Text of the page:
Written by: Michael Den Boer on December 26th, 2010
Theatrical Release Dates: USA, 1999 (Incubus), USA, 1999 (Vampire Blues), USA, 1999 (Broken Dolls), Spain / USA, 2005 (Snakewoman)
Director: Jesus Franco
Cast: Carina Palmer, Carsten Frank, Lina Romay, Fata Morgana (Incubus), Rachel Sheppard, Analía Ivars, Lina Romay, Jesus Franco, Pedro Temboury, Jessica Luo, Leyora Zuberman (Vampire Blues), Paul Lapidus, Lina Romay, Christie Levin, Exequiel Caldas, Mavi Tienda, Guillermo Agranati, Carlos Braun (Broken Dolls), Carmen Montes, Fata Morgana, Christie Levin, Exequiel Caldas, Lina Romay, Antonio Mayans, Luco Amadori III, Fabio Batistuta, Nat Adzibor(Snakewoman)
DVD released: December 7th, 2010
Approximate running times: 78 minutes (Incubus), 68 Minutes (Vampire Blues), 82 minutes (Broken Dolls), 98 Minutes (Snakewoman)
Aspect Ratio: 1.33:1 Full Frame (All Films)
Sound: Dolby Digital Mono Stereo English (Incubus / Vampire Blues / Broken Dolls), Dolby Digital Stereo Spanish (Snakewoman)
Subtitles: Burnt-in English subtitles (Snakewoman)
DVD Release: SRS Cinema
Region Coding: Region 0 NTSC
Retail Price: $19.95
Incubus: Johan Harker is a struggling artist whose wife is also extremely ill. One day he encounters a woman named Lorna who promises him fame, fortune and cures his wife’s illness if he and his wife agree to bear a child for her. After twenty years of good fortune Lorna returns to collect the child she is owed and when Johan refuses to complete the deal back luck then befalls everyone around him.
Jess Franco has made career out remaking his previous and this is even more evident in his most recent films. Scenarios and character like Lorna have been recycled many times. The acting is pretty bad in Incubus with one exception that being Lina Romay who starts off slowly before coming into her own when her characters looses her mind. The performances are also hampered by the how bland the English dubbed makes each person sound. Franco shows hints of his past greatness with a few interesting shots and the films orgy finale is some of his best work in many years. In a somewhat unrelated but interesting twist Franco during the scene where Lina’s character looses her mind zooms in on a book about Klaus Kinski. Overall Incubus is mess that is very hard to digest in one sitting and outside of Franco fans that must see every one of his films I would suggest everyone else skip it.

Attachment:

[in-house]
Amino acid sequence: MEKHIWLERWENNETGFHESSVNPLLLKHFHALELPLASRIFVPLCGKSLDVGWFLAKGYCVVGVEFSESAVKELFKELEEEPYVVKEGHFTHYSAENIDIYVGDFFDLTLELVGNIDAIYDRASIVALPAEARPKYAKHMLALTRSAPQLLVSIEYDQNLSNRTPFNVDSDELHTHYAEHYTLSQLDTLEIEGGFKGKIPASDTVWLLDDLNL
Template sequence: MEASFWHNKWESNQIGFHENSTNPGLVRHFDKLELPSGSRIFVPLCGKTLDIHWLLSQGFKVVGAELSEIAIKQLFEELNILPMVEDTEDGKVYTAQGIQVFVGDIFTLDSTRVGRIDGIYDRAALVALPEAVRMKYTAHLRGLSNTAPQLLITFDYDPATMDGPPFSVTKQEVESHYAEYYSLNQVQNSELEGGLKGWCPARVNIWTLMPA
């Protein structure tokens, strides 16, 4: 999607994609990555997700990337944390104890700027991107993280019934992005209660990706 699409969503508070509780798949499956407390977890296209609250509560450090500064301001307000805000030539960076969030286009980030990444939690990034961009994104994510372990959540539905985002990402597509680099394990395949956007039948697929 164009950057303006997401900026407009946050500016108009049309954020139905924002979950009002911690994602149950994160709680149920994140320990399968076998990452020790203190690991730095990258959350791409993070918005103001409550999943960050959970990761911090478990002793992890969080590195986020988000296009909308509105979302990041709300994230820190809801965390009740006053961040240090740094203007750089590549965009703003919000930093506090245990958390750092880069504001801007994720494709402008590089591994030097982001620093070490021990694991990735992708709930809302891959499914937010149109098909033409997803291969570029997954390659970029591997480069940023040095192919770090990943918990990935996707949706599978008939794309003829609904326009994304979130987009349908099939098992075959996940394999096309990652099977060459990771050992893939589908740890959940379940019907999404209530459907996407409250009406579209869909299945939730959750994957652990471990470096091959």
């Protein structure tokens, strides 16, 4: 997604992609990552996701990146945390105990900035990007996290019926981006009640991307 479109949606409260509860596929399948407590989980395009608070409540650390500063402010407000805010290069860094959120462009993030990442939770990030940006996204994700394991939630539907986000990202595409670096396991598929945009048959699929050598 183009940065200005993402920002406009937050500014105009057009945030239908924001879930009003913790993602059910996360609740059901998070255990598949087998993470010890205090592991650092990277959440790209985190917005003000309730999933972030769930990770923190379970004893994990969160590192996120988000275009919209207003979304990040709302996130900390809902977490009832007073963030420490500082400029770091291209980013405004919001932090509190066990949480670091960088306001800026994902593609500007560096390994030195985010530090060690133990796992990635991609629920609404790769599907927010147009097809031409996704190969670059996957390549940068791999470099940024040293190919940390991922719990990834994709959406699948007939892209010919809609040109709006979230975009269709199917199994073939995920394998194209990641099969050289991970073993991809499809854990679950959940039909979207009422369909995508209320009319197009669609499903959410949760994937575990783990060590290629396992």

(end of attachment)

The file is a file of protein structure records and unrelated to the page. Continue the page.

Vampire Blues: A young woman on vacation in the south of Spain is stalked by a vampire countess.
Content wise the Plot for Vampire Blues is very basic remake of Jess Franco’s Female Vampire. There is very little dialog. The majority of the film spent with languid sequences that draw out a story that could have been told in half the time. And in many instances these draw out sequences are counterproductive to the dreamlike nature of the story at hand. Visually the film is one of the more atmospheric to emerge out of Jess Franco’s collaborations with One Shot Productions.
The cast are more than adequate in their respective roles. With the stand out performance coming from Lina Romay in the role of a gypsy Woman. When all is said and done. If you are not a fan of Jess Franco or have never seen any of his films. Vampire Blues is not going to be the film that changes your mind or sells you on his unique brand of cinema. While die hard Francophiles may be more forgiven of the limitations of this project. Jess Franco is a filmmaker driven by his obsessions and Vampire Blues is laced with themes that have dominated the bulk of his cinematic output.
Broken Dolls: The inhabitants of a tropical paradise have become bored with their mundane lives. Wanting a way off the island some of the inhabitants plot against the leader of the island. After they discover his hidden treasure.